Nicotine is the central psychoactive compound found in tobacco, without which cigarettes would be little more than an expensive a stick of hay. Nicotine is the plant‘s natural protection against insects, but it is also the reason we reach for a cigarette when we are in a bad mood, or feeling stressed out - it is because this substance has the ability to both relax and stimulate our mind at the same time.
Once inhaled, nicotine quickly makes its way through the blood stream, reaching the brain in as little as 7 seconds. Once there, it activates the adrenal glands, causing the body to create extra epinephrine, also known more commonly as adrenaline. This causes the heart rate and blood pressure to increase, whilst perking up our central nervous system - making us feel more alert and active. Nicotine also stimulates the production of dopamine, a neurotransmitter that activates the pleasure pathways of the brain, making the experience more rewarding.
Depending on the individual constitution and the dosage, nicotine can also have sedative effects. Some research suggests that the calming effect is of psychological origin - it‘s the satisfaction of getting a nicotine fix that creates a sense of relaxation, but it‘s not actually the nicotine itself that directly causes it. In that sense, the relaxation is a secondary effect.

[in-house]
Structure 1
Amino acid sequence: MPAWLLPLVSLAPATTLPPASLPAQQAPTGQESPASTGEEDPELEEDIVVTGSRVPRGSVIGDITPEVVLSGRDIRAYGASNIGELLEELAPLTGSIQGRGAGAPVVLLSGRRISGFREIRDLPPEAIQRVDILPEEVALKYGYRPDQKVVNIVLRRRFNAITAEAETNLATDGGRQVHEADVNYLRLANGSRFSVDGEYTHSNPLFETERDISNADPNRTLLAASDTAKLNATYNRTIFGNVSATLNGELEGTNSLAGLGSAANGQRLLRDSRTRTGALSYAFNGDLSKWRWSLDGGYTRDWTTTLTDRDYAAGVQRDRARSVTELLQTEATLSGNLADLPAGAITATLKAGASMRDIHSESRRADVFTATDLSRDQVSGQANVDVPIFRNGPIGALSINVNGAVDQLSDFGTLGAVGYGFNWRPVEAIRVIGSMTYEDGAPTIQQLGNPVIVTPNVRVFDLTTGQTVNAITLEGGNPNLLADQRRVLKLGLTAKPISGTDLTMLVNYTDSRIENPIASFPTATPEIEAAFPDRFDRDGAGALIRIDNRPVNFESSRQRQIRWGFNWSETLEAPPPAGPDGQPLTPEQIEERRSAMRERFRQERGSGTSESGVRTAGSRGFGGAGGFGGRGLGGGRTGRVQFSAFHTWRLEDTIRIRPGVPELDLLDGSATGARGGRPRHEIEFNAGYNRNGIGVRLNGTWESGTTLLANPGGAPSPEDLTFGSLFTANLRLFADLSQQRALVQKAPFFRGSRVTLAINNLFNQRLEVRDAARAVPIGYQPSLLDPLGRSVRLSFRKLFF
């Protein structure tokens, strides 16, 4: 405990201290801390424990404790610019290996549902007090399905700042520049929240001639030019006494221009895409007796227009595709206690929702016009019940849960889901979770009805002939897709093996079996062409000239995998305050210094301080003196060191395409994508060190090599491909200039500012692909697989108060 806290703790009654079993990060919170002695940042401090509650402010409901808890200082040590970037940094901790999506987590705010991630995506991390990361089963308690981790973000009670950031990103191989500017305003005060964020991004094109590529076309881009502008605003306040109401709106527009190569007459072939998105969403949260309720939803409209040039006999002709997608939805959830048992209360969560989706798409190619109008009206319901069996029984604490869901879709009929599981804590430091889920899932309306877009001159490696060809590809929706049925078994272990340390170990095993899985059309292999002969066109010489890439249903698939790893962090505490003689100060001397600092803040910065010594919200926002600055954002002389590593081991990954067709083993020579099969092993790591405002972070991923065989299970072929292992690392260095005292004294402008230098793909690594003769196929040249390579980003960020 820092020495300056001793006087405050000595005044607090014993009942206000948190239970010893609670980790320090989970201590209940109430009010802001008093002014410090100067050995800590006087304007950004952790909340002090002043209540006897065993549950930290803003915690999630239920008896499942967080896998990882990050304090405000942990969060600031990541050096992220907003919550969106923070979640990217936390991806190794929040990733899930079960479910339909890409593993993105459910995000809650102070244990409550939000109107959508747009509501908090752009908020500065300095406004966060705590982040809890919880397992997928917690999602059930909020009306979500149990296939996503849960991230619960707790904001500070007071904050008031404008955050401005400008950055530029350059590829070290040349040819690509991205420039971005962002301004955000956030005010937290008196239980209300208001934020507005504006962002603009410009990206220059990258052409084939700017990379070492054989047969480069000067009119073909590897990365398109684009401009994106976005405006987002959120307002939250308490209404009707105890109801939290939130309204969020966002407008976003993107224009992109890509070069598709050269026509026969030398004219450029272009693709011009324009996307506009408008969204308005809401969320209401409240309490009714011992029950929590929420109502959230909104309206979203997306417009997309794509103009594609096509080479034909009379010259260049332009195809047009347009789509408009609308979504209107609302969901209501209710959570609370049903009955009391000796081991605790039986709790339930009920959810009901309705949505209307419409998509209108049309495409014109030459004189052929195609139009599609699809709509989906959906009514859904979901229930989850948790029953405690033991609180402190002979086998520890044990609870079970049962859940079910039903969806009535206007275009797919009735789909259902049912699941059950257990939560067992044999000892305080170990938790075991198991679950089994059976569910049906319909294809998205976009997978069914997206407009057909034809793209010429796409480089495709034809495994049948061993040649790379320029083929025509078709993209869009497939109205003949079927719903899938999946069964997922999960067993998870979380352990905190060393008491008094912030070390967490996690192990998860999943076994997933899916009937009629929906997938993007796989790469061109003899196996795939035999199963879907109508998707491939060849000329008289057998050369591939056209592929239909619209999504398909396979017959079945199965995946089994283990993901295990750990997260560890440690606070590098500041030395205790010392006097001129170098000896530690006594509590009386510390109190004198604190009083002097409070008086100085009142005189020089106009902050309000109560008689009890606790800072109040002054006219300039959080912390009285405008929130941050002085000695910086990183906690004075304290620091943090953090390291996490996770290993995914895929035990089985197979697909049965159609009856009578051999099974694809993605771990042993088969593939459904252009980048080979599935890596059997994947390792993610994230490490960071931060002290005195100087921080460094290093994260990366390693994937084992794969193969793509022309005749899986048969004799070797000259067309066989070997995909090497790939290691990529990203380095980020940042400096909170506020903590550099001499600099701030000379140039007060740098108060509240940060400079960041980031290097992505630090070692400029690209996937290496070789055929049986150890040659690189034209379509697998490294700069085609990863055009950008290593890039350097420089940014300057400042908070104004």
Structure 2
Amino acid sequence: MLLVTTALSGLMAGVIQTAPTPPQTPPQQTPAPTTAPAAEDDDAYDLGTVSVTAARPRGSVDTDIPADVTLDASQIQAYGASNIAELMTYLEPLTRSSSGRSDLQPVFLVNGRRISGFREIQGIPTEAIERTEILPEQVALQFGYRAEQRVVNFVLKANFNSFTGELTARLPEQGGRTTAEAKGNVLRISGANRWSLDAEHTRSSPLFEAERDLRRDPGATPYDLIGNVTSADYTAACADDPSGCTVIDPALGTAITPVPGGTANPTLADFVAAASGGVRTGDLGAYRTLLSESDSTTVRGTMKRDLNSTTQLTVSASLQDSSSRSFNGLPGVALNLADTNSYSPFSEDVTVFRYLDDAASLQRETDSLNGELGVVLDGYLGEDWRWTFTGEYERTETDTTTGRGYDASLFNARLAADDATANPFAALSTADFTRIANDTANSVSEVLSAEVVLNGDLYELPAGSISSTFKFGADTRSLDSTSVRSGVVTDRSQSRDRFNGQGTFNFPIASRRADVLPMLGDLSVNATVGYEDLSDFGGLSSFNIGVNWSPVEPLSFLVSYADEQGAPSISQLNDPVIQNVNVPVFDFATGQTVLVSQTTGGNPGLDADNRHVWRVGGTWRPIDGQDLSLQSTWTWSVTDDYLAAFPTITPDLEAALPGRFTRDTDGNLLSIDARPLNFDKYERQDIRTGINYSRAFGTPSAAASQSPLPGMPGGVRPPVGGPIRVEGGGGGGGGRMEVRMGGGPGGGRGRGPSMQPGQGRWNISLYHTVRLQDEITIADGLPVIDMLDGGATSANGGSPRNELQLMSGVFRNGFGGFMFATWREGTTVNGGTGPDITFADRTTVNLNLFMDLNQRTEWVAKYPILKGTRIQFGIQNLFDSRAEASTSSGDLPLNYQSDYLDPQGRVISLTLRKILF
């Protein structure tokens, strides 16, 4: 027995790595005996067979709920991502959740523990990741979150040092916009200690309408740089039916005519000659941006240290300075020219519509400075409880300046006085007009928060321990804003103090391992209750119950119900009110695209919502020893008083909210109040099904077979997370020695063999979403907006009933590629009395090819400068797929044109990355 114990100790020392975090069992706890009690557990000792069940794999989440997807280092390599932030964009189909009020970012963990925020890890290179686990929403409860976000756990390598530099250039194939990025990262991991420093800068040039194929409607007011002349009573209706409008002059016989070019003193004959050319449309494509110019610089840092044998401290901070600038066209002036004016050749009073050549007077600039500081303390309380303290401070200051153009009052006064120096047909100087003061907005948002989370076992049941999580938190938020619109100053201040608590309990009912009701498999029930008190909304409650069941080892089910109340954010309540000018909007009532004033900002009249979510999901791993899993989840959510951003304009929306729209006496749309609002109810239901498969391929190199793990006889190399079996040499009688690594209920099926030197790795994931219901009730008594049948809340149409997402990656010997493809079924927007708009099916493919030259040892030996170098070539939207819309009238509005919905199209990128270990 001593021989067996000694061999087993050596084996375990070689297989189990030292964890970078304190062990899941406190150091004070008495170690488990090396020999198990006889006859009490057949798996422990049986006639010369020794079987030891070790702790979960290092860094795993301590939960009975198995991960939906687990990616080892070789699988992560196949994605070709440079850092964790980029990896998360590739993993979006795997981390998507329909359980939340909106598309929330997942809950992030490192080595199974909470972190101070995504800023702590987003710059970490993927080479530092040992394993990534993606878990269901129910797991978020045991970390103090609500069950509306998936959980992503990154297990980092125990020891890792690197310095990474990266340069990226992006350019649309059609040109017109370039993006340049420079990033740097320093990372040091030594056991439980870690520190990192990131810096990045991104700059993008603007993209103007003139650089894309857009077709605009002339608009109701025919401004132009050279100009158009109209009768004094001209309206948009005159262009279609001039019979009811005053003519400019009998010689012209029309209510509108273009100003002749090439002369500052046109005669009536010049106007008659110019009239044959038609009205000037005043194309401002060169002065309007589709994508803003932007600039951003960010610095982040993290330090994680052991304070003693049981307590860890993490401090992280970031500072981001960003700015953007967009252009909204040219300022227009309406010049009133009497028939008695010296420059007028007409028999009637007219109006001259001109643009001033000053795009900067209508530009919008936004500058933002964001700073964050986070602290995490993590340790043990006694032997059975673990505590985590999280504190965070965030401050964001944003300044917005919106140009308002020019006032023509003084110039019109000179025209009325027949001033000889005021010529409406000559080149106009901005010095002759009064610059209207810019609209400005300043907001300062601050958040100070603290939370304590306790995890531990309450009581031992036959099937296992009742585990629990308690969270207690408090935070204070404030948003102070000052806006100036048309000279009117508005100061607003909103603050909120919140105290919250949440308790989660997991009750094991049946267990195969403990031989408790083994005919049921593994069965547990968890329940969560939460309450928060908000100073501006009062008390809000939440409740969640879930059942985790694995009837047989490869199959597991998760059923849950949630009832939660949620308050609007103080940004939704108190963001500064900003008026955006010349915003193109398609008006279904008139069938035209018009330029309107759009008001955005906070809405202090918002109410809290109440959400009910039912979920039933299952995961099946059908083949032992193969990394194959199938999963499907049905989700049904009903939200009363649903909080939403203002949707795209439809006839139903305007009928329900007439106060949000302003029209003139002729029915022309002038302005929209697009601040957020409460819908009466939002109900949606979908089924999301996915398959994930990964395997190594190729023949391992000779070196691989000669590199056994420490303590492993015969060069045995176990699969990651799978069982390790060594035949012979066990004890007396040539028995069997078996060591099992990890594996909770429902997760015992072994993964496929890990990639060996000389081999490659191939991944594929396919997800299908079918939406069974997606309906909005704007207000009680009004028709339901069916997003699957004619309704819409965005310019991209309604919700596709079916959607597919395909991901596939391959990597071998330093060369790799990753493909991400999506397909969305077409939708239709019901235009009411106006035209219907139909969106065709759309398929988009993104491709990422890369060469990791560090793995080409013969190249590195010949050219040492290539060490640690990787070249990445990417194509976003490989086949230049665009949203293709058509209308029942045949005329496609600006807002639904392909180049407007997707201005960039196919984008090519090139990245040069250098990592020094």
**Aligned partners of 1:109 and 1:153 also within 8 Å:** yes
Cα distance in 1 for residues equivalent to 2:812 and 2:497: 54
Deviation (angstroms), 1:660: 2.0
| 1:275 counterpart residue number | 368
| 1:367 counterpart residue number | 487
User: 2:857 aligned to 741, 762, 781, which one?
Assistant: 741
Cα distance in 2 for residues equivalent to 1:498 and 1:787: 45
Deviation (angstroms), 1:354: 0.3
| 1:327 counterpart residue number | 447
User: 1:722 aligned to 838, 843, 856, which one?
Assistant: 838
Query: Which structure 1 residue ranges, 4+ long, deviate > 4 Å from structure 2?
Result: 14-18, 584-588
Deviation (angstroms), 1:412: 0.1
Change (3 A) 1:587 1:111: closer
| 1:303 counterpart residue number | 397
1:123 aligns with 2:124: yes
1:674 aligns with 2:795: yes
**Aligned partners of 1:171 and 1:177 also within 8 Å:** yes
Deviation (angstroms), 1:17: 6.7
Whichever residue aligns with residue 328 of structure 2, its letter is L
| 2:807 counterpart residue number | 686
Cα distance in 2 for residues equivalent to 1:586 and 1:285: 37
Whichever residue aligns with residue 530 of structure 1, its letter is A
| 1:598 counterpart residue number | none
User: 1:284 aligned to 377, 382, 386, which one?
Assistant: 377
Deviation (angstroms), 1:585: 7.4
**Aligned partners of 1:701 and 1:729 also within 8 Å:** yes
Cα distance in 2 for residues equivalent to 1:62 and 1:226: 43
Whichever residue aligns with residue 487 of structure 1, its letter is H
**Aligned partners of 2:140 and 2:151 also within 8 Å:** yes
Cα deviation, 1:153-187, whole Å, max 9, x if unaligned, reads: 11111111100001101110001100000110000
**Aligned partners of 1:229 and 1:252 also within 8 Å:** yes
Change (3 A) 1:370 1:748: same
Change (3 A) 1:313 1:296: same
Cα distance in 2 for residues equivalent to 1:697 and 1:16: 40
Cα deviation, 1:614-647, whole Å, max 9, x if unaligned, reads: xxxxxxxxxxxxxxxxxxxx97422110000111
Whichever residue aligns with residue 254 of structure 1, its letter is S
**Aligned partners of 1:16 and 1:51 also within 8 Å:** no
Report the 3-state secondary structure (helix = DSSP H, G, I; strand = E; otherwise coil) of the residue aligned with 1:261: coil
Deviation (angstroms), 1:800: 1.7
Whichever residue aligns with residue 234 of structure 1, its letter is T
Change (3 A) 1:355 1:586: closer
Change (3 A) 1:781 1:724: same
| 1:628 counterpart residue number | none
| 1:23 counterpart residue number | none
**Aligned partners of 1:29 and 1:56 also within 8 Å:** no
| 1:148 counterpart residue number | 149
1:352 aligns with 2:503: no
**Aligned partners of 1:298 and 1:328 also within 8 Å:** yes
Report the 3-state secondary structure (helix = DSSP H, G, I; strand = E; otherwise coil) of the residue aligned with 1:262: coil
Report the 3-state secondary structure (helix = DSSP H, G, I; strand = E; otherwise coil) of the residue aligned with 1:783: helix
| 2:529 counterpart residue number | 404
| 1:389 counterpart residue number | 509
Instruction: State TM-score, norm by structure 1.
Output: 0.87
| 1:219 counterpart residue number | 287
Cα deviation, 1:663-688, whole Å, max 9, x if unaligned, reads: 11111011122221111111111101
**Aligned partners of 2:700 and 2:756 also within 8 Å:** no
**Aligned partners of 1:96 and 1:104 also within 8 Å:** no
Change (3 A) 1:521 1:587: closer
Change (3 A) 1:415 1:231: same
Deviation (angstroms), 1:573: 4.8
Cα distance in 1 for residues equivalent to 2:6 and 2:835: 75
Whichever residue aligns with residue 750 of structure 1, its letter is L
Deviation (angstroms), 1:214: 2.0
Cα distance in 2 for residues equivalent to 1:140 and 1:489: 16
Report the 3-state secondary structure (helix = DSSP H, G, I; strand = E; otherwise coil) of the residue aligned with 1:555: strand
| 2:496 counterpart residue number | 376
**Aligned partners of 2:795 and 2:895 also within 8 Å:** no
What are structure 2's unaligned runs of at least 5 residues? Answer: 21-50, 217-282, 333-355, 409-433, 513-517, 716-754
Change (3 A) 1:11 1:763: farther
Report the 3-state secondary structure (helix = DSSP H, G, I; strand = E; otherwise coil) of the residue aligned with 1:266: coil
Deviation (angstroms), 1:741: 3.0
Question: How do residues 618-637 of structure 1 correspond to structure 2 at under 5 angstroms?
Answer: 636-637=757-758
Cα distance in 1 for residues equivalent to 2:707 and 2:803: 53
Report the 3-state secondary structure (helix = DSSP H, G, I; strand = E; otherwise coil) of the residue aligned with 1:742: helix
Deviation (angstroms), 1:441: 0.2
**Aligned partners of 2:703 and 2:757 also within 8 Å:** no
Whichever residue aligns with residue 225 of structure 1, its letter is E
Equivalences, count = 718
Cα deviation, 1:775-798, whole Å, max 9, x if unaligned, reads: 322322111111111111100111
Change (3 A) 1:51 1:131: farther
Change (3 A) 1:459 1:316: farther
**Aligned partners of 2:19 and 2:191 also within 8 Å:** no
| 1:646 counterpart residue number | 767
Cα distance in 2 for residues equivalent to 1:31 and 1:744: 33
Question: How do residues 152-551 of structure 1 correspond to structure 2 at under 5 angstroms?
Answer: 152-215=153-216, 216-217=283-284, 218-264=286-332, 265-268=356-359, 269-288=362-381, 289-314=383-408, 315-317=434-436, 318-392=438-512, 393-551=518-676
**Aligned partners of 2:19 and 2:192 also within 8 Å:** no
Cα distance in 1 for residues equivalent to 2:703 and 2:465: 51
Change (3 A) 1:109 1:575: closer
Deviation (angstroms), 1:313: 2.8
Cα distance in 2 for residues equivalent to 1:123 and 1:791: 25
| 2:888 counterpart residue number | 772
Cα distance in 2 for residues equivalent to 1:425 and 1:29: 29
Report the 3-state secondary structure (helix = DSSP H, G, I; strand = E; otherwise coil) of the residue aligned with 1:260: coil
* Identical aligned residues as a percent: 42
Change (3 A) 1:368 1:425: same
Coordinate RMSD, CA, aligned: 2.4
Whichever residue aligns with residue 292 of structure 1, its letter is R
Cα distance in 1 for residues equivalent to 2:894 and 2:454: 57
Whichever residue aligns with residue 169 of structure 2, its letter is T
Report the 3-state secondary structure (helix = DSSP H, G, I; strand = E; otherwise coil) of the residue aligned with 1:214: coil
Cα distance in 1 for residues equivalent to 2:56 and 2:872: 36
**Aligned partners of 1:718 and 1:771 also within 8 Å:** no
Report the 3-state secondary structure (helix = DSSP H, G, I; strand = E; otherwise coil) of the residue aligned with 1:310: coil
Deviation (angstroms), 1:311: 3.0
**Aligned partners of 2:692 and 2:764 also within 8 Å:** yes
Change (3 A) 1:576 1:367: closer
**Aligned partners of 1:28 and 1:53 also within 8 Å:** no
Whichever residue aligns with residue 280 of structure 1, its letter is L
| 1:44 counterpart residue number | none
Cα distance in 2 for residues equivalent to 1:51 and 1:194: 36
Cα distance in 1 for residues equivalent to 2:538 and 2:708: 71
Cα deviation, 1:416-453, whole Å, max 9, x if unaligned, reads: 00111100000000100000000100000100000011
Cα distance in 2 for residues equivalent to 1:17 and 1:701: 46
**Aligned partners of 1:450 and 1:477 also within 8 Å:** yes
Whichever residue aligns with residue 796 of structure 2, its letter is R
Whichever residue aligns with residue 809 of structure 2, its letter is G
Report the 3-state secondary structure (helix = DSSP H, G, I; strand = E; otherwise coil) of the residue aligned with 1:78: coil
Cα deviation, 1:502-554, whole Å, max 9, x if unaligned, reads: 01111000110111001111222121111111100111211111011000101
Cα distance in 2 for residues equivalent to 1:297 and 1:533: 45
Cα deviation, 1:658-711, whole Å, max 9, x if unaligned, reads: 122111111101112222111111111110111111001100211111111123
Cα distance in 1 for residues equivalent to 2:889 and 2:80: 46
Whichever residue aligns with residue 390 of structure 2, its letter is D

Additionally, nicotine raises blood sugar levels, which is thought to be a result of the extra adrenaline released. This extra glucose has been associated with increased learning ability, improved memory and higher levels of alertness. As commonly known, nicotine is also the substance that creates the addiction in cigarettes.
It is important to understand that cigarette smoke and nicotine are not the same things. Nicotine is a substance contained in cigarettes and the smoke they produce, but the smoke is filled with thousands of other chemicals and toxins. It is quite possible to obtain nicotine through other methods, such as e-cigarettes or nicotine patches, that avoid all of the other toxins, such as tar and carbon-monoxide, that come with smoking tobacco. Also, lung disease and other serious illnesses are primarily related to tobacco smoke, not the actual nicotine itself.